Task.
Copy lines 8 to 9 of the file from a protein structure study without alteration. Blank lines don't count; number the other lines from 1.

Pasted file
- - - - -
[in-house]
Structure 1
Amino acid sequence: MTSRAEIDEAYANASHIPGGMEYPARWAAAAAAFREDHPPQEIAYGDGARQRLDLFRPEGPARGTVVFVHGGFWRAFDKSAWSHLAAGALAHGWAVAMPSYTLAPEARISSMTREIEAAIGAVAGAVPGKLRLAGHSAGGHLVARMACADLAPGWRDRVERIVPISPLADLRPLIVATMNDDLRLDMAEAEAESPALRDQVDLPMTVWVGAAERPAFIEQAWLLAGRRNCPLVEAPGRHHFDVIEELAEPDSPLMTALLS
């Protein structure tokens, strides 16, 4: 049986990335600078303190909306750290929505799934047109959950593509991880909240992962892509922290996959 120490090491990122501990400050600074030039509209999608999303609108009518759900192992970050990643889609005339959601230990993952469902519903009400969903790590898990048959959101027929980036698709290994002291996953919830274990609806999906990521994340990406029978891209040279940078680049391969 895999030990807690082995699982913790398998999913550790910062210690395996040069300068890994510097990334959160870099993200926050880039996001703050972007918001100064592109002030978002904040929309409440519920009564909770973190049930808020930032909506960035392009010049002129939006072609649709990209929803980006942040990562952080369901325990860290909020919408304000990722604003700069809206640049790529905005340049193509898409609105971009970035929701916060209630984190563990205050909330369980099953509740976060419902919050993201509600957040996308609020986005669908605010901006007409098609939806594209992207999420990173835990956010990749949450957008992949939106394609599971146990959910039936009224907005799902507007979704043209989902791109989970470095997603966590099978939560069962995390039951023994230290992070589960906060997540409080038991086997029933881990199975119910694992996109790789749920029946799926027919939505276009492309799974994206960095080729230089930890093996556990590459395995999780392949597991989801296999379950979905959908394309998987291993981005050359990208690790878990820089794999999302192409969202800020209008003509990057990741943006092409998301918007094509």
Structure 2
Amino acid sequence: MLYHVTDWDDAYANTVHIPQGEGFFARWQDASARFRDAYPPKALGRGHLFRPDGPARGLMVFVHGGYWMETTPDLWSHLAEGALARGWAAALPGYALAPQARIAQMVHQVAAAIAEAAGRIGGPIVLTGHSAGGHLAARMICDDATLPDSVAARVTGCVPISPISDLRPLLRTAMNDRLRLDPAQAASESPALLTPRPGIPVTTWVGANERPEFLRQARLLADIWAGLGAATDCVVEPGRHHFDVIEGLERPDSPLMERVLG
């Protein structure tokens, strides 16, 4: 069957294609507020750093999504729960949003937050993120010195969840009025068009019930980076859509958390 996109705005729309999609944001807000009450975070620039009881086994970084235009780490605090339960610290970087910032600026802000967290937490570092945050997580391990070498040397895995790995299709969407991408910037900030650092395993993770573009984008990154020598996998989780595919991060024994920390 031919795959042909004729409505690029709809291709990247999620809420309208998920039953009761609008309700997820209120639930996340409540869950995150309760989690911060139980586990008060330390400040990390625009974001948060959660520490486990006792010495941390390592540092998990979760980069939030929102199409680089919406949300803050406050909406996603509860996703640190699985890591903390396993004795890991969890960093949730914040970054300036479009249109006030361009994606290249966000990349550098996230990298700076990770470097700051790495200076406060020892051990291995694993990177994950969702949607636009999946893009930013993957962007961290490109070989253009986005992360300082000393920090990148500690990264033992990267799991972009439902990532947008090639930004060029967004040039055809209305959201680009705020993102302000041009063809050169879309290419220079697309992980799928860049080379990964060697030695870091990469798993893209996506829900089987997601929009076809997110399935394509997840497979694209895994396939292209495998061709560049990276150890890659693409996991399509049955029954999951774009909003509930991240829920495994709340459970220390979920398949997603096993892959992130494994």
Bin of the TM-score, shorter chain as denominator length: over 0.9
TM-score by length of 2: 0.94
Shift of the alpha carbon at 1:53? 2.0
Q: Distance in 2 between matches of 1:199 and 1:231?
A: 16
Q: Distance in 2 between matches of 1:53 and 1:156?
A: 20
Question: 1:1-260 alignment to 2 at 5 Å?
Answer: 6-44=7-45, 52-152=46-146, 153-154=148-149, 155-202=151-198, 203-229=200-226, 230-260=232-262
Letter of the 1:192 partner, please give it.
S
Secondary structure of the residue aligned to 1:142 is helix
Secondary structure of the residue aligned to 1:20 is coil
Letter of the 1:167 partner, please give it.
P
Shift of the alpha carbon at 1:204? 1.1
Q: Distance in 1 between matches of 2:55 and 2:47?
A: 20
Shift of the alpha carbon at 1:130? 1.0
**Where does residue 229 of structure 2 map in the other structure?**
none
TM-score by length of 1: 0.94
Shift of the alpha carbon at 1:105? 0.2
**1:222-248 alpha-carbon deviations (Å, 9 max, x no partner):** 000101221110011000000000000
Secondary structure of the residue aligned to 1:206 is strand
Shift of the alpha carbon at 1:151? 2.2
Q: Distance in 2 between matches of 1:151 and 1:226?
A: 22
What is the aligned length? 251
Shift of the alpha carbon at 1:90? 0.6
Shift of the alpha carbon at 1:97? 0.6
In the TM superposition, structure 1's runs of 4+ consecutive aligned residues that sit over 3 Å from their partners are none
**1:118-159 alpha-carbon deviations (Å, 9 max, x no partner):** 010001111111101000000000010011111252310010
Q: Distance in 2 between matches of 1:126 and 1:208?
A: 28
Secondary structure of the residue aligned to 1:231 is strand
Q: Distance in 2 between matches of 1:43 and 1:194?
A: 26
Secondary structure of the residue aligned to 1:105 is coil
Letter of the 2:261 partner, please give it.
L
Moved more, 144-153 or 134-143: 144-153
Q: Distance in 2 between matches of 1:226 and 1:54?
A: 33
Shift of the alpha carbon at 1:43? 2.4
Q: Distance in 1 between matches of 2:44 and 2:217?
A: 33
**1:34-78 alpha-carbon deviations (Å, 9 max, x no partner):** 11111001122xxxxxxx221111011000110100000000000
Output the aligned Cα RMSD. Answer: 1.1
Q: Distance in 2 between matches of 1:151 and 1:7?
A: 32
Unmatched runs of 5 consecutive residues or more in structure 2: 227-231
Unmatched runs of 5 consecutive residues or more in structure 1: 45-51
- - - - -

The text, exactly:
Bin of the TM-score, shorter chain as denominator length: over 0.9
TM-score by length of 2: 0.94